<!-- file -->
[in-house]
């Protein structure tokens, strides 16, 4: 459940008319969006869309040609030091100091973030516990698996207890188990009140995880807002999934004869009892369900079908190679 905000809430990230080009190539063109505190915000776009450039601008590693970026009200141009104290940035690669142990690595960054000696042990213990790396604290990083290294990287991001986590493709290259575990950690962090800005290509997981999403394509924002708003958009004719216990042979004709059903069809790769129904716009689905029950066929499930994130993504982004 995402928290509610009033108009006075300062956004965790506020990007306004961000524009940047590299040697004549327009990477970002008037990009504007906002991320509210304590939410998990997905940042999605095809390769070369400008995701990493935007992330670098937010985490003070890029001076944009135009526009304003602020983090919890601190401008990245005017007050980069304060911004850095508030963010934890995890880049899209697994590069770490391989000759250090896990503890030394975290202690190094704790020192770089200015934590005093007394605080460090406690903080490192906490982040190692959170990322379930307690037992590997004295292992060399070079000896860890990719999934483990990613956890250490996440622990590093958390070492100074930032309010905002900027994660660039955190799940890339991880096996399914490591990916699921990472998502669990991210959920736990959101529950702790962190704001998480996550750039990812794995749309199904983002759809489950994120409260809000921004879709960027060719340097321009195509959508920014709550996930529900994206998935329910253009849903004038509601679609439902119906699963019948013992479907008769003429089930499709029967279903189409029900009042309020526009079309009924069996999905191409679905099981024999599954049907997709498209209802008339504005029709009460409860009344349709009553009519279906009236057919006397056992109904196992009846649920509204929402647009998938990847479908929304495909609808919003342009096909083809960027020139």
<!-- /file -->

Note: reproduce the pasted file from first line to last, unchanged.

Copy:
[in-house]
């Protein structure tokens, strides 16, 4: 459940008319969006869309040609030091100091973030516990698996207890188990009140995880807002999934004869009892369900079908190679 905000809430990230080009190539063109505190915000776009450039601008590693970026009200141009104290940035690669142990690595960054000696042990213990790396604290990083290294990287991001986590493709290259575990950690962090800005290509997981999403394509924002708003958009004719216990042979004709059903069809790769129904716009689905029950066929499930994130993504982004 995402928290509610009033108009006075300062956004965790506020990007306004961000524009940047590299040697004549327009990477970002008037990009504007906002991320509210304590939410998990997905940042999605095809390769070369400008995701990493935007992330670098937010985490003070890029001076944009135009526009304003602020983090919890601190401008990245005017007050980069304060911004850095508030963010934890995890880049899209697994590069770490391989000759250090896990503890030394975290202690190094704790020192770089200015934590005093007394605080460090406690903080490192906490982040190692959170990322379930307690037992590997004295292992060399070079000896860890990719999934483990990613956890250490996440622990590093958390070492100074930032309010905002900027994660660039955190799940890339991880096996399914490591990916699921990472998502669990991210959920736990959101529950702790962190704001998480996550750039990812794995749309199904983002759809489950994120409260809000921004879709960027060719340097321009195509959508920014709550996930529900994206998935329910253009849903004038509601679609439902119906699963019948013992479907008769003429089930499709029967279903189409029900009042309020526009079309009924069996999905191409679905099981024999599954049907997709498209209802008339504005029709009460409860009344349709009553009519279906009236057919006397056992109904196992009846649920509204929402647009998938990847479908929304495909609808919003342009096909083809960027020139």